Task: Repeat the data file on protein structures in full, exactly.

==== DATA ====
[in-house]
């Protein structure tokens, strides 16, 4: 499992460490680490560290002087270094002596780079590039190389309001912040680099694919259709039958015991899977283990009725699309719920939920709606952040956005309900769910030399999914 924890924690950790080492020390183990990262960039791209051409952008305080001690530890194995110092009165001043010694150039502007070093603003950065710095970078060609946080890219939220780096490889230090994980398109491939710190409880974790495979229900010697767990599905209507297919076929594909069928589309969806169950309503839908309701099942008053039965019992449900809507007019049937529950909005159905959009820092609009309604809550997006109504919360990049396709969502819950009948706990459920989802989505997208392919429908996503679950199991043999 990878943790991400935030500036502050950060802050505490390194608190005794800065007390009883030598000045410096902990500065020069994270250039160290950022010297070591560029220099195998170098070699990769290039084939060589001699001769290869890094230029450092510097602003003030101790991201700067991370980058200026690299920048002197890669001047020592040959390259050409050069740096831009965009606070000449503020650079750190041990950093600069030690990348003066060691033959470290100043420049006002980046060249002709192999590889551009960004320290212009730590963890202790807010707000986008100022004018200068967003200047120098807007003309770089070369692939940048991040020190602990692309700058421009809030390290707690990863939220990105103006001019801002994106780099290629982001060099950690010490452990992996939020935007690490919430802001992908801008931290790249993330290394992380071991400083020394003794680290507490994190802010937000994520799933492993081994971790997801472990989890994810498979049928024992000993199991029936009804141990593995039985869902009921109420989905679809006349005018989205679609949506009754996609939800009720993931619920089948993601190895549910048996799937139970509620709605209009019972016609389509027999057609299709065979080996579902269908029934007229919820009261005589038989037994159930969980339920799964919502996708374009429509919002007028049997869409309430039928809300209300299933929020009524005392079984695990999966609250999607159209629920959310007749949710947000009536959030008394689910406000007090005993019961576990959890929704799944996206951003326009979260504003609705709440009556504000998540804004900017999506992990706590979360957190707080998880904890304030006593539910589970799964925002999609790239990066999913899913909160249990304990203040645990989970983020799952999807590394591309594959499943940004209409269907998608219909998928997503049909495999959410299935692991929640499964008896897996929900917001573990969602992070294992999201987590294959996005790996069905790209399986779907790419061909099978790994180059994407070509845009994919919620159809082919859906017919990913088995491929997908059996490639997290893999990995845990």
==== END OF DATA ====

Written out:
[in-house]
């Protein structure tokens, strides 16, 4: 499992460490680490560290002087270094002596780079590039190389309001912040680099694919259709039958015991899977283990009725699309719920939920709606952040956005309900769910030399999914 924890924690950790080492020390183990990262960039791209051409952008305080001690530890194995110092009165001043010694150039502007070093603003950065710095970078060609946080890219939220780096490889230090994980398109491939710190409880974790495979229900010697767990599905209507297919076929594909069928589309969806169950309503839908309701099942008053039965019992449900809507007019049937529950909005159905959009820092609009309604809550997006109504919360990049396709969502819950009948706990459920989802989505997208392919429908996503679950199991043999 990878943790991400935030500036502050950060802050505490390194608190005794800065007390009883030598000045410096902990500065020069994270250039160290950022010297070591560029220099195998170098070699990769290039084939060589001699001769290869890094230029450092510097602003003030101790991201700067991370980058200026690299920048002197890669001047020592040959390259050409050069740096831009965009606070000449503020650079750190041990950093600069030690990348003066060691033959470290100043420049006002980046060249002709192999590889551009960004320290212009730590963890202790807010707000986008100022004018200068967003200047120098807007003309770089070369692939940048991040020190602990692309700058421009809030390290707690990863939220990105103006001019801002994106780099290629982001060099950690010490452990992996939020935007690490919430802001992908801008931290790249993330290394992380071991400083020394003794680290507490994190802010937000994520799933492993081994971790997801472990989890994810498979049928024992000993199991029936009804141990593995039985869902009921109420989905679809006349005018989205679609949506009754996609939800009720993931619920089948993601190895549910048996799937139970509620709605209009019972016609389509027999057609299709065979080996579902269908029934007229919820009261005589038989037994159930969980339920799964919502996708374009429509919002007028049997869409309430039928809300209300299933929020009524005392079984695990999966609250999607159209629920959310007749949710947000009536959030008394689910406000007090005993019961576990959890929704799944996206951003326009979260504003609705709440009556504000998540804004900017999506992990706590979360957190707080998880904890304030006593539910589970799964925002999609790239990066999913899913909160249990304990203040645990989970983020799952999807590394591309594959499943940004209409269907998608219909998928997503049909495999959410299935692991929640499964008896897996929900917001573990969602992070294992999201987590294959996005790996069905790209399986779907790419061909099978790994180059994407070509845009994919919620159809082919859906017919990913088995491929997908059996490639997290893999990995845990």